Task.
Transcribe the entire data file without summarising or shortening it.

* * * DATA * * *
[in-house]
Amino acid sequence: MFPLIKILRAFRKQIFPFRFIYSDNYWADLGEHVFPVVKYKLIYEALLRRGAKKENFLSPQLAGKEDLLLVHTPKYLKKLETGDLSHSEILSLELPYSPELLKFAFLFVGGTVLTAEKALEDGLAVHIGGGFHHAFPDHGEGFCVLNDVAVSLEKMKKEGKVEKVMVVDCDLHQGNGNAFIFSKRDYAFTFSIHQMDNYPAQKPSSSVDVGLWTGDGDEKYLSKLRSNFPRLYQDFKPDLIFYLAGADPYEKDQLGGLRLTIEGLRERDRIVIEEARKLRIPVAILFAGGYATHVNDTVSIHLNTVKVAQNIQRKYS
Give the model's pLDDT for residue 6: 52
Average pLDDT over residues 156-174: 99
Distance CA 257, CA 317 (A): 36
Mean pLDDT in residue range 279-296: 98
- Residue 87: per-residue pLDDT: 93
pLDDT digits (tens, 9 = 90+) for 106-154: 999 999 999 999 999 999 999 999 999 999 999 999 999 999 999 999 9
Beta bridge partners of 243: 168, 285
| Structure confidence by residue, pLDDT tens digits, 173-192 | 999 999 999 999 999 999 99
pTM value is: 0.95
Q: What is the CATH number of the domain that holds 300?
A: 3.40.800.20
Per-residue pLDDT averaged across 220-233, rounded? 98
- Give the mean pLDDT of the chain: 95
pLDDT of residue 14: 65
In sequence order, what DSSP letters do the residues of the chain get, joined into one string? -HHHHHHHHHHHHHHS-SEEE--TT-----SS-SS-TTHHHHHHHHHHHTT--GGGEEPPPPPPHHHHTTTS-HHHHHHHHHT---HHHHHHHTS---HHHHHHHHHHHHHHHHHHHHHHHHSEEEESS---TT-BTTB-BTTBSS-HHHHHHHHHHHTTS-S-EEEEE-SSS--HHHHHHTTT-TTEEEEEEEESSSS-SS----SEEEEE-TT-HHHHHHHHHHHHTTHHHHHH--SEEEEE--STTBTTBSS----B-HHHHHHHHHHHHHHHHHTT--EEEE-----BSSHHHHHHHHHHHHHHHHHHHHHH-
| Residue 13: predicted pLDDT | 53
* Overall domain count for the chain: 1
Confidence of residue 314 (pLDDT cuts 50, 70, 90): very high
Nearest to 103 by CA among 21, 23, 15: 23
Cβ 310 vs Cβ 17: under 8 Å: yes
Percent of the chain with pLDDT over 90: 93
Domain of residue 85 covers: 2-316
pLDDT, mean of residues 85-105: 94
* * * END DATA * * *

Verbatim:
[in-house]
Amino acid sequence: MFPLIKILRAFRKQIFPFRFIYSDNYWADLGEHVFPVVKYKLIYEALLRRGAKKENFLSPQLAGKEDLLLVHTPKYLKKLETGDLSHSEILSLELPYSPELLKFAFLFVGGTVLTAEKALEDGLAVHIGGGFHHAFPDHGEGFCVLNDVAVSLEKMKKEGKVEKVMVVDCDLHQGNGNAFIFSKRDYAFTFSIHQMDNYPAQKPSSSVDVGLWTGDGDEKYLSKLRSNFPRLYQDFKPDLIFYLAGADPYEKDQLGGLRLTIEGLRERDRIVIEEARKLRIPVAILFAGGYATHVNDTVSIHLNTVKVAQNIQRKYS
Give the model's pLDDT for residue 6: 52
Average pLDDT over residues 156-174: 99
Distance CA 257, CA 317 (A): 36
Mean pLDDT in residue range 279-296: 98
- Residue 87: per-residue pLDDT: 93
pLDDT digits (tens, 9 = 90+) for 106-154: 999 999 999 999 999 999 999 999 999 999 999 999 999 999 999 999 9
Beta bridge partners of 243: 168, 285
| Structure confidence by residue, pLDDT tens digits, 173-192 | 999 999 999 999 999 999 99
pTM value is: 0.95
Q: What is the CATH number of the domain that holds 300?
A: 3.40.800.20
Per-residue pLDDT averaged across 220-233, rounded? 98
- Give the mean pLDDT of the chain: 95
pLDDT of residue 14: 65
In sequence order, what DSSP letters do the residues of the chain get, joined into one string? -HHHHHHHHHHHHHHS-SEEE--TT-----SS-SS-TTHHHHHHHHHHHTT--GGGEEPPPPPPHHHHTTTS-HHHHHHHHHT---HHHHHHHTS---HHHHHHHHHHHHHHHHHHHHHHHHSEEEESS---TT-BTTB-BTTBSS-HHHHHHHHHHHTTS-S-EEEEE-SSS--HHHHHHTTT-TTEEEEEEEESSSS-SS----SEEEEE-TT-HHHHHHHHHHHHTTHHHHHH--SEEEEE--STTBTTBSS----B-HHHHHHHHHHHHHHHHHTT--EEEE-----BSSHHHHHHHHHHHHHHHHHHHHHH-
| Residue 13: predicted pLDDT | 53
* Overall domain count for the chain: 1
Confidence of residue 314 (pLDDT cuts 50, 70, 90): very high
Nearest to 103 by CA among 21, 23, 15: 23
Cβ 310 vs Cβ 17: under 8 Å: yes
Percent of the chain with pLDDT over 90: 93
Domain of residue 85 covers: 2-316
pLDDT, mean of residues 85-105: 94